Bill introduces us to his new bloodhound grandpuppy, and shares the surprisingly sacred roots of the breed.
Hi friends, my name is Bill Evertsberg and I’m one of the ministers at Kenilworth Union Church. Doogie, come here, buddy. Sit.
And this is Doogie, my assistant minister and I want to introduce you to my brand-new grandpuppy. Yes, Doogie became Uncle Doogie last week.
This is Sergeant Pepper, and as you can see he’s a bloodhound, and he belongs to my daughter Taylor and her husband Christian, and they live in Wilmette, and you may be wondering why I’m talking about a puppy in a church conversation which is supposed to have at least a modicum of spiritual content, and I’m glad you asked.
Do you know what they called bloodhounds before they were called bloodhounds? They were called Saint Hubert’s hounds, or in French—forgive my pidgin French—but in French it’s le chien de Saint-Hubert. Le chien de Saint-Hubert, Saint Hubert’s hounds.
Hubert was a Christian saint from the beginning of the eighth century. He was a wealthy, aristocratic man who loved to hunt. He spent hours and hours in the woods of the Ardennes hunting stags. And legend has it, that one Good Friday morning when the rest of the village people were at church at their prayers, on a Good Friday morning, the solemn day in the life of church, Hubert was out in the forest looking for prey. And the legend has it that he saw this magnificent stag with this impressive rack, but what was even more impressive, that there was a luminous crucifix between the antlers of this deer. And even more extraordinary, Hubert heard a voice, and the voice said to Hubert, “Hubert, you better drop your obsession with hunting, or you’re going to go to hell in a handbasket. You need to get back to church.” That’s not a direct translation, but you get the point and it will do.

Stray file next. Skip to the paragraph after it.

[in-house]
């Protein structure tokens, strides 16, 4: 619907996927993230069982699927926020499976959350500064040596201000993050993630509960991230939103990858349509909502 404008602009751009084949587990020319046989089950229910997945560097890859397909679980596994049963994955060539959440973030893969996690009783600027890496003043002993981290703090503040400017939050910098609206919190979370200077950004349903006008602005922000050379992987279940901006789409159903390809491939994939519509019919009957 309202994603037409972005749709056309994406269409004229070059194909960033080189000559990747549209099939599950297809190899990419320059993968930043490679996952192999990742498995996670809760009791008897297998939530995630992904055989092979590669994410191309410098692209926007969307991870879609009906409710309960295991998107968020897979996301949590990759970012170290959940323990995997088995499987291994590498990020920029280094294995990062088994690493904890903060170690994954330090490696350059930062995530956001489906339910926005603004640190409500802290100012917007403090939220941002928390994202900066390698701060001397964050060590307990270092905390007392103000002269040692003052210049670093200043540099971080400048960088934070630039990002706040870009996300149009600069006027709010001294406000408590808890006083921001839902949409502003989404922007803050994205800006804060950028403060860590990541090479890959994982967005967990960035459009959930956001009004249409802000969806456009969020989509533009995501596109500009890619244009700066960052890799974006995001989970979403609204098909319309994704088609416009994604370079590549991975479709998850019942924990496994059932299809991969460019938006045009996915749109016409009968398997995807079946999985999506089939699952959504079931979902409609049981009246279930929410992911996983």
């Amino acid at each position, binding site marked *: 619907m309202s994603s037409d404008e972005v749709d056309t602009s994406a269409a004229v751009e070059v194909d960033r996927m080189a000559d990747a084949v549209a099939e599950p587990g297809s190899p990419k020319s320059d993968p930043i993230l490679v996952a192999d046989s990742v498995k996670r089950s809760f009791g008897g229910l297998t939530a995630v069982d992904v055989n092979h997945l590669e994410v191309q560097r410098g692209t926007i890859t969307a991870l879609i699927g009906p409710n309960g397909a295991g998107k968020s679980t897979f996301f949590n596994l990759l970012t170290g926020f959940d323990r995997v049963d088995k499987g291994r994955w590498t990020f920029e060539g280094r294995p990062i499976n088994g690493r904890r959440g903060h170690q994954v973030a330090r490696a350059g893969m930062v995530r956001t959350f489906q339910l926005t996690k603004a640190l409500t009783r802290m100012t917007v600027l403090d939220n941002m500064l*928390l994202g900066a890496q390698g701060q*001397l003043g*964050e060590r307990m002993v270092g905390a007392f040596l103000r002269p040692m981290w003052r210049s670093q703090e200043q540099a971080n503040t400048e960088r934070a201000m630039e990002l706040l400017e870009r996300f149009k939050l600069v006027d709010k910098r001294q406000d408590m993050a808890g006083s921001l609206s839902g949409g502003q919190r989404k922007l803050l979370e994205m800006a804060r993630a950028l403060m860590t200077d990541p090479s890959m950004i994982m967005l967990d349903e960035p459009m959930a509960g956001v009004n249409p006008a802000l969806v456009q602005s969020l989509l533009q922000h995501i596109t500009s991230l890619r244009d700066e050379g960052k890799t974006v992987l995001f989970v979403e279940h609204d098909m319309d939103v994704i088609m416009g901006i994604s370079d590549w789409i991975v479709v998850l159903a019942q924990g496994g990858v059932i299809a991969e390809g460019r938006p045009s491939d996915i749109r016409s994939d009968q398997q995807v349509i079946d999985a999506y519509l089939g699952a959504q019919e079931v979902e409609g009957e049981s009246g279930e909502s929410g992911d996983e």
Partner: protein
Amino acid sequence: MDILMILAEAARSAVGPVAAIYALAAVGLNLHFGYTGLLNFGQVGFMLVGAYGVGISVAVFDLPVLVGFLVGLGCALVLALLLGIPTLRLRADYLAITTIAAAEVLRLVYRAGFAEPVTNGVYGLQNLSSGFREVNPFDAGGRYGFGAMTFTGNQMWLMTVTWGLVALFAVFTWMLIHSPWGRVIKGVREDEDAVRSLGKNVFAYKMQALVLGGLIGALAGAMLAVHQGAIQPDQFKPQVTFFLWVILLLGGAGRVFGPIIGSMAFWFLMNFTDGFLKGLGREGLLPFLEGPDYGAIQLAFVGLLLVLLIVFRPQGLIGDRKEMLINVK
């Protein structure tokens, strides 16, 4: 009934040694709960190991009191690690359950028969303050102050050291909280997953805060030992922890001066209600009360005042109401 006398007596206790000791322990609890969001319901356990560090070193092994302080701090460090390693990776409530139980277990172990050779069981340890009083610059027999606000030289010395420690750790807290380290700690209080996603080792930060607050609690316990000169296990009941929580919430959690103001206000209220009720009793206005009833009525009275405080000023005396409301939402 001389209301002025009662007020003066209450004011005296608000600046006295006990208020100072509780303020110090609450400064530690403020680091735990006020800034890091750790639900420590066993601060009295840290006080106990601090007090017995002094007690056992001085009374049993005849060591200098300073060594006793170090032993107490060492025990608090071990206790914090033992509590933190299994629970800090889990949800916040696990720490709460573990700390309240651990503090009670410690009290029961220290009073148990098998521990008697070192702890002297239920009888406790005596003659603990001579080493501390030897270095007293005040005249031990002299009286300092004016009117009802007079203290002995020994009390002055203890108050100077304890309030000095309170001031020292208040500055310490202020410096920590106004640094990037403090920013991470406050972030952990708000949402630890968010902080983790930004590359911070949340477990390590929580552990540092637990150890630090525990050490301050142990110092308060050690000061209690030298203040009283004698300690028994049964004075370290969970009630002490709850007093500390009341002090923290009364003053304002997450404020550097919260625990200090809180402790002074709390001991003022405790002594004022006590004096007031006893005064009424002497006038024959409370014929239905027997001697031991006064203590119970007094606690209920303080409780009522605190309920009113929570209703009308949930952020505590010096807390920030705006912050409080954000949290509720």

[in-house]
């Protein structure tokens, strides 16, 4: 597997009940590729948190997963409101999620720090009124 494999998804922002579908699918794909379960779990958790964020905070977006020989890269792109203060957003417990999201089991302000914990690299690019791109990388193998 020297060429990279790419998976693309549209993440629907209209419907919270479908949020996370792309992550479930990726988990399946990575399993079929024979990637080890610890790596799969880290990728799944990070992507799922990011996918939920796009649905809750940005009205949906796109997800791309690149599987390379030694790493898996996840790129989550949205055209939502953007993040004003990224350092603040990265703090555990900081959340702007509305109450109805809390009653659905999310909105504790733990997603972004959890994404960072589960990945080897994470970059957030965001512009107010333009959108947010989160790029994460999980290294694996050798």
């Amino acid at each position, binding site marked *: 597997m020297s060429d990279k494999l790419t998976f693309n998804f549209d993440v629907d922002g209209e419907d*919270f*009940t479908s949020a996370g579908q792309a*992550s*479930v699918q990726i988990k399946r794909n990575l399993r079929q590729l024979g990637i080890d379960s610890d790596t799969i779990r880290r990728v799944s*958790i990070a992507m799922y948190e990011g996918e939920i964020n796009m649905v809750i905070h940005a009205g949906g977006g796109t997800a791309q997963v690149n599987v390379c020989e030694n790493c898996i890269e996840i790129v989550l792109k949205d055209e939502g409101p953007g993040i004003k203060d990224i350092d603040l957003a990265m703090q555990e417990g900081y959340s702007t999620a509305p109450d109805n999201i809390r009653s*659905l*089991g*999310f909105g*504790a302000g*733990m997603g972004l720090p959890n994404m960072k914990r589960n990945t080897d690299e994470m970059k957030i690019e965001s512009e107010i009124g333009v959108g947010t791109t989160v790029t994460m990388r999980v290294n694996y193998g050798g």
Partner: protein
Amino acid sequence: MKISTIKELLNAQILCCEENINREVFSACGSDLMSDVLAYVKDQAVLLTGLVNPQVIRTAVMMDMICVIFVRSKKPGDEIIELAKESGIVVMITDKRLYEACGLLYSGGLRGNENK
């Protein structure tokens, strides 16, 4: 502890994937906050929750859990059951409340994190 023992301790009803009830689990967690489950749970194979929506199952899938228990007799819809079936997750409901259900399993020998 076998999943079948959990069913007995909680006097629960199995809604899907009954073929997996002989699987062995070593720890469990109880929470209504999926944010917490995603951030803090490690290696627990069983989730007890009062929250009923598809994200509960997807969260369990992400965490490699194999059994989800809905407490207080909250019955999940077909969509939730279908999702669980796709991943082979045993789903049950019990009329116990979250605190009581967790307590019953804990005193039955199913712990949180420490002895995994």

Hubert heeded the stag’s warning, dropped his fixation with hunting, sold everything he had and gave the money to the poor, then gave his life over to the church, finally became bishop of Liège in what’s now Belgium and eventually was beatified as Saint Hubert, or Saint Hubert. He is the patron saint of dogs and hunters, of course, and also, unaccountably, of metal workers, opticians, and mathematicians. I don’t know why. Even well into the twentieth century when a person was afflicted with rabies, it was St. Hubert’s name that priests and doctors invoked for healing, even well into the twentieth century.
And so in the middle ages at a monastery devoted to the memory of Saint Hubert called Saint Hubert’s of course, in the Ardennes, Belgium, this is where the first bloodhounds that we know anything about came from. They were called Saint Hubert’s hounds at the beginning and finally bloodhounds.
Now, you may know that bloodhounds have the most magnificent noses in the entire canine kingdom. Their olfactory bulbs have as many as 300 million scent receptors, which means that their sense of smell is at least 40 times as great as human beings’.
And you can see, have you ever noticed how comically long bloodhounds’ ears are? Do you know why this is true? It’s because when a bloodhound has his nose to the ground, trying to pick up a scent, the ears will kick up the dust and raise the scent to the dog’s nostrils. And also, these magnificent ears, they almost hang to the ground, kind of function as a floppy hurricane lamp. Kind of a wind-break to keep the scent up near the nose of the dog.
And so, that’s what bloodhounds are good for. They’re good for tracking, and you know of course that Hollywood has given us some great impressive bloodhounds. Remember that Jed Clampett of the Beverly Hillbillies had a bloodhound named Duke? And do you know what Christopher Guest’s bloodhound in that great movie Best in Show was called? Christopher Guest’s bloodhound in Best in Show was named Hubert, of course.
For what it’s worth, happy New Year and God bless you.